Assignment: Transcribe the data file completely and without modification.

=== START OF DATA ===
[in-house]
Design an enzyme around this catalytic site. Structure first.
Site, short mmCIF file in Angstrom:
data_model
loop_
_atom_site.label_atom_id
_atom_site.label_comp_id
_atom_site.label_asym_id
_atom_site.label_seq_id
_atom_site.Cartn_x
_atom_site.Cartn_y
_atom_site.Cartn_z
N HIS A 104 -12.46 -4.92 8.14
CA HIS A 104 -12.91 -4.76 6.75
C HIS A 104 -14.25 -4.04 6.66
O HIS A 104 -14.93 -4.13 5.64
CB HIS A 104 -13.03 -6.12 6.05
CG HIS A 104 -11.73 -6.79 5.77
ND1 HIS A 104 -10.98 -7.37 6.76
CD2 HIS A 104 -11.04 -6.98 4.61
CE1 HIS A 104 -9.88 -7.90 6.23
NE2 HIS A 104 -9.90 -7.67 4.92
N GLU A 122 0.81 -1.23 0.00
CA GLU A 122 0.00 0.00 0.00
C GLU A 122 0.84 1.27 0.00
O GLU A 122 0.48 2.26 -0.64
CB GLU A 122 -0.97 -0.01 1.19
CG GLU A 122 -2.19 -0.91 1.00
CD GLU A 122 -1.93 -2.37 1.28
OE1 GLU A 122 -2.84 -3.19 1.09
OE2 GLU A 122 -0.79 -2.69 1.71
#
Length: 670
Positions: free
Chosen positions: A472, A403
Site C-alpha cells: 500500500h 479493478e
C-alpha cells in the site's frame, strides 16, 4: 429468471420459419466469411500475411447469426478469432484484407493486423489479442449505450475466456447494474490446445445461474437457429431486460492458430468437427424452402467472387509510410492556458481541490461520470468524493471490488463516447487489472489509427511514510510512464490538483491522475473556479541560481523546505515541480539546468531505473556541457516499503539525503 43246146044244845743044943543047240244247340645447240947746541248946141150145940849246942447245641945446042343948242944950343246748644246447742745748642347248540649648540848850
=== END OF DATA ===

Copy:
[in-house]
Design an enzyme around this catalytic site. Structure first.
Site, short mmCIF file in Angstrom:
data_model
loop_
_atom_site.label_atom_id
_atom_site.label_comp_id
_atom_site.label_asym_id
_atom_site.label_seq_id
_atom_site.Cartn_x
_atom_site.Cartn_y
_atom_site.Cartn_z
N HIS A 104 -12.46 -4.92 8.14
CA HIS A 104 -12.91 -4.76 6.75
C HIS A 104 -14.25 -4.04 6.66
O HIS A 104 -14.93 -4.13 5.64
CB HIS A 104 -13.03 -6.12 6.05
CG HIS A 104 -11.73 -6.79 5.77
ND1 HIS A 104 -10.98 -7.37 6.76
CD2 HIS A 104 -11.04 -6.98 4.61
CE1 HIS A 104 -9.88 -7.90 6.23
NE2 HIS A 104 -9.90 -7.67 4.92
N GLU A 122 0.81 -1.23 0.00
CA GLU A 122 0.00 0.00 0.00
C GLU A 122 0.84 1.27 0.00
O GLU A 122 0.48 2.26 -0.64
CB GLU A 122 -0.97 -0.01 1.19
CG GLU A 122 -2.19 -0.91 1.00
CD GLU A 122 -1.93 -2.37 1.28
OE1 GLU A 122 -2.84 -3.19 1.09
OE2 GLU A 122 -0.79 -2.69 1.71
#
Length: 670
Positions: free
Chosen positions: A472, A403
Site C-alpha cells: 500500500h 479493478e
C-alpha cells in the site's frame, strides 16, 4: 429468471420459419466469411500475411447469426478469432484484407493486423489479442449505450475466456447494474490446445445461474437457429431486460492458430468437427424452402467472387509510410492556458481541490461520470468524493471490488463516447487489472489509427511514510510512464490538483491522475473556479541560481523546505515541480539546468531505473556541457516499503539525503 43246146044244845743044943543047240244247340645447240947746541248946141150145940849246942447245641945446042343948242944950343246748644246447742745748642347248540649648540848850